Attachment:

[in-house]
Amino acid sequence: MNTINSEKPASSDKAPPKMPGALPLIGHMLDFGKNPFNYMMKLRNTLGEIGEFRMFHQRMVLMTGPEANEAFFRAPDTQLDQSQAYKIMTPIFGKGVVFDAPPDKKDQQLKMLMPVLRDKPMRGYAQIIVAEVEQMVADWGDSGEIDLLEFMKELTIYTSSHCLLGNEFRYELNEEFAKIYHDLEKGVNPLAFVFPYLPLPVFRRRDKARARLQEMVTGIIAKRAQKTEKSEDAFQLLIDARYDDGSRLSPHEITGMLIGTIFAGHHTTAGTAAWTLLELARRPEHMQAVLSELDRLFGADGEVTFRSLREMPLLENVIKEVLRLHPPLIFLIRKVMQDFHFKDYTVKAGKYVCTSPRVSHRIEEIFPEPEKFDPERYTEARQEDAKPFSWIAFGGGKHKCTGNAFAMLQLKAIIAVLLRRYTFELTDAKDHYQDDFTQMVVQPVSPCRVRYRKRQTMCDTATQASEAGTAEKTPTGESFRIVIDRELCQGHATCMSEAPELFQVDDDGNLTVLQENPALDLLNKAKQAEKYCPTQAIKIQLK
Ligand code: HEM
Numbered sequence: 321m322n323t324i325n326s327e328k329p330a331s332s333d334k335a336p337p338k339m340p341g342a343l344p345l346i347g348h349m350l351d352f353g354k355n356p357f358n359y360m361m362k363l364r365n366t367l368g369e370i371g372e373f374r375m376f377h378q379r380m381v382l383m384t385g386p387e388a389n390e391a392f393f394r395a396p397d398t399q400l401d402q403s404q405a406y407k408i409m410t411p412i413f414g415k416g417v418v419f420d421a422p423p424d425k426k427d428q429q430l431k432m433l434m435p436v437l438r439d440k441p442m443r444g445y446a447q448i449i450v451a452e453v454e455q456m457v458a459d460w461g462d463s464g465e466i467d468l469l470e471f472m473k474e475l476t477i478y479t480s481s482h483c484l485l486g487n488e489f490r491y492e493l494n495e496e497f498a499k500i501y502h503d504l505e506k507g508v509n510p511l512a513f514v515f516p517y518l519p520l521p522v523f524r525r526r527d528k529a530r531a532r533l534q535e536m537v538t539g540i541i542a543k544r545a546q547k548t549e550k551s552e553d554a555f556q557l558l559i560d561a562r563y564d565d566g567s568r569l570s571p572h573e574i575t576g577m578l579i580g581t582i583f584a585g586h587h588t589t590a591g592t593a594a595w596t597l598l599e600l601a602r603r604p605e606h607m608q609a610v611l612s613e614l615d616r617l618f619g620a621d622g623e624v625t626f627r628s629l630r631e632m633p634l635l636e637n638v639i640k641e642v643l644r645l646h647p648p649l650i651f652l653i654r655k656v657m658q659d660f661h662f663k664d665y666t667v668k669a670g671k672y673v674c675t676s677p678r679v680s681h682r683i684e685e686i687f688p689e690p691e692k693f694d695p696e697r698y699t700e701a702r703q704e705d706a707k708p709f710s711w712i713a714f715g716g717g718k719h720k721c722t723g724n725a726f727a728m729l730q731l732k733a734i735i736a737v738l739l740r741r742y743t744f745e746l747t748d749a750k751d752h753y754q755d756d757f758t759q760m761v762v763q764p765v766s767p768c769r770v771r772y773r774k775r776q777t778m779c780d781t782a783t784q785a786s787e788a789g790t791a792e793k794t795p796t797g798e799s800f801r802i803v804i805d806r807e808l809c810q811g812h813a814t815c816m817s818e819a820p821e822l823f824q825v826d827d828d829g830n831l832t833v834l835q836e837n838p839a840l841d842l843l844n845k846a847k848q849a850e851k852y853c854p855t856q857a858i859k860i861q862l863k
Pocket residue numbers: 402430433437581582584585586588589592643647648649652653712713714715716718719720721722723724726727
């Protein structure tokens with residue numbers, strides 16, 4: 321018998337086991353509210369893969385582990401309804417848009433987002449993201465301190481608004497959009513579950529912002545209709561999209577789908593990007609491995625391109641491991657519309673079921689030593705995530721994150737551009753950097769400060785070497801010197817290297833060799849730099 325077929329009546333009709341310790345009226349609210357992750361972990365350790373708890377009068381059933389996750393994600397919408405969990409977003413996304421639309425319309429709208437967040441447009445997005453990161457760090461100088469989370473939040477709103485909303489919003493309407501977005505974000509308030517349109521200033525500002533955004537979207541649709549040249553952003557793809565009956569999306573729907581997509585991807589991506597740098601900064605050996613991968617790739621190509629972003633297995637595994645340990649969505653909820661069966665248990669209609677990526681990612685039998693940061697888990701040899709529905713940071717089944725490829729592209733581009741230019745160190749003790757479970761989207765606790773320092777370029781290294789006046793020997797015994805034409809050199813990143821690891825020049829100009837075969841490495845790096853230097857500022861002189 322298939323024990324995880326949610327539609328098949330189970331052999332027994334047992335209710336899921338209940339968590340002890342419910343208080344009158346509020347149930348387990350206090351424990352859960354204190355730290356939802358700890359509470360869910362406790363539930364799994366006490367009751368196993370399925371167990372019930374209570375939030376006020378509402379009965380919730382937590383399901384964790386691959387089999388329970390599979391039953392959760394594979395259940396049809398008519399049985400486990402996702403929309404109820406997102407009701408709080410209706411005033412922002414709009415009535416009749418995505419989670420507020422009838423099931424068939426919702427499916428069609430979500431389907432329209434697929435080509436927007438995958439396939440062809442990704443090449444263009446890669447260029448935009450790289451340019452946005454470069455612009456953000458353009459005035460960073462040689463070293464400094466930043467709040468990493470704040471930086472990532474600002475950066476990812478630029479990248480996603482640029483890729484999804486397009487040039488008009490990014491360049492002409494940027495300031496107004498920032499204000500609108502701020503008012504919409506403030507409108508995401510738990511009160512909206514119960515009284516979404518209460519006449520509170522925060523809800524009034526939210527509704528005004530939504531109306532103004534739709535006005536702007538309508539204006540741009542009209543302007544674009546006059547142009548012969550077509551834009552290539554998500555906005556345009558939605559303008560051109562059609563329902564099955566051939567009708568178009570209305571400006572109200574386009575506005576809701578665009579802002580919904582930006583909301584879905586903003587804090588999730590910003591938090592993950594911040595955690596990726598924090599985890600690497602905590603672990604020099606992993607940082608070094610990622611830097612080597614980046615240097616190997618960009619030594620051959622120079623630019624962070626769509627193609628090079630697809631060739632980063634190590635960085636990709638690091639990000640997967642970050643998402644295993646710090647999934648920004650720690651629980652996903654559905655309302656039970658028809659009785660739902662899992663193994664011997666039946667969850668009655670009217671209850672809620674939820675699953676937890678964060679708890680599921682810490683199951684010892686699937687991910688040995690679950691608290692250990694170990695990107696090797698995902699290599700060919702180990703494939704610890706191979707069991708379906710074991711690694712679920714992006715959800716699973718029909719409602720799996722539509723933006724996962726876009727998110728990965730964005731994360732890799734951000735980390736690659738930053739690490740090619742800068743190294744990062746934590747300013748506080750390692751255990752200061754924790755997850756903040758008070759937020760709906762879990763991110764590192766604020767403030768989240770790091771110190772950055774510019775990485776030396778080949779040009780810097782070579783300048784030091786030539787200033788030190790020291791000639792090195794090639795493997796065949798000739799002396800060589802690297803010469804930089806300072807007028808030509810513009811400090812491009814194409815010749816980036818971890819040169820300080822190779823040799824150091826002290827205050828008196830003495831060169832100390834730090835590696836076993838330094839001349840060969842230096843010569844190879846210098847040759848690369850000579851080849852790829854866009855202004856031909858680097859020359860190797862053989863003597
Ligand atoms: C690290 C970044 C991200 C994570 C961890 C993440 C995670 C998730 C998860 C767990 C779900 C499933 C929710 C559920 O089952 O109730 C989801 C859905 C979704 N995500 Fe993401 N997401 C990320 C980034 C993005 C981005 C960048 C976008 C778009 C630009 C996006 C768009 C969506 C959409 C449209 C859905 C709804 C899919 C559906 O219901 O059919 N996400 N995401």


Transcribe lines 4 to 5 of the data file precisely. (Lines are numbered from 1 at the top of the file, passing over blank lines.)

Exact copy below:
Numbered sequence: 321m322n323t324i325n326s327e328k329p330a331s332s333d334k335a336p337p338k339m340p341g342a343l344p345l346i347g348h349m350l351d352f353g354k355n356p357f358n359y360m361m362k363l364r365n366t367l368g369e370i371g372e373f374r375m376f377h378q379r380m381v382l383m384t385g386p387e388a389n390e391a392f393f394r395a396p397d398t399q400l401d402q403s404q405a406y407k408i409m410t411p412i413f414g415k416g417v418v419f420d421a422p423p424d425k426k427d428q429q430l431k432m433l434m435p436v437l438r439d440k441p442m443r444g445y446a447q448i449i450v451a452e453v454e455q456m457v458a459d460w461g462d463s464g465e466i467d468l469l470e471f472m473k474e475l476t477i478y479t480s481s482h483c484l485l486g487n488e489f490r491y492e493l494n495e496e497f498a499k500i501y502h503d504l505e506k507g508v509n510p511l512a513f514v515f516p517y518l519p520l521p522v523f524r525r526r527d528k529a530r531a532r533l534q535e536m537v538t539g540i541i542a543k544r545a546q547k548t549e550k551s552e553d554a555f556q557l558l559i560d561a562r563y564d565d566g567s568r569l570s571p572h573e574i575t576g577m578l579i580g581t582i583f584a585g586h587h588t589t590a591g592t593a594a595w596t597l598l599e600l601a602r603r604p605e606h607m608q609a610v611l612s613e614l615d616r617l618f619g620a621d622g623e624v625t626f627r628s629l630r631e632m633p634l635l636e637n638v639i640k641e642v643l644r645l646h647p648p649l650i651f652l653i654r655k656v657m658q659d660f661h662f663k664d665y666t667v668k669a670g671k672y673v674c675t676s677p678r679v680s681h682r683i684e685e686i687f688p689e690p691e692k693f694d695p696e697r698y699t700e701a702r703q704e705d706a707k708p709f710s711w712i713a714f715g716g717g718k719h720k721c722t723g724n725a726f727a728m729l730q731l732k733a734i735i736a737v738l739l740r741r742y743t744f745e746l747t748d749a750k751d752h753y754q755d756d757f758t759q760m761v762v763q764p765v766s767p768c769r770v771r772y773r774k775r776q777t778m779c780d781t782a783t784q785a786s787e788a789g790t791a792e793k794t795p796t797g798e799s800f801r802i803v804i805d806r807e808l809c810q811g812h813a814t815c816m817s818e819a820p821e822l823f824q825v826d827d828d829g830n831l832t833v834l835q836e837n838p839a840l841d842l843l844n845k846a847k848q849a850e851k852y853c854p855t856q857a858i859k860i861q862l863k
Pocket residue numbers: 402430433437581582584585586588589592643647648649652653712713714715716718719720721722723724726727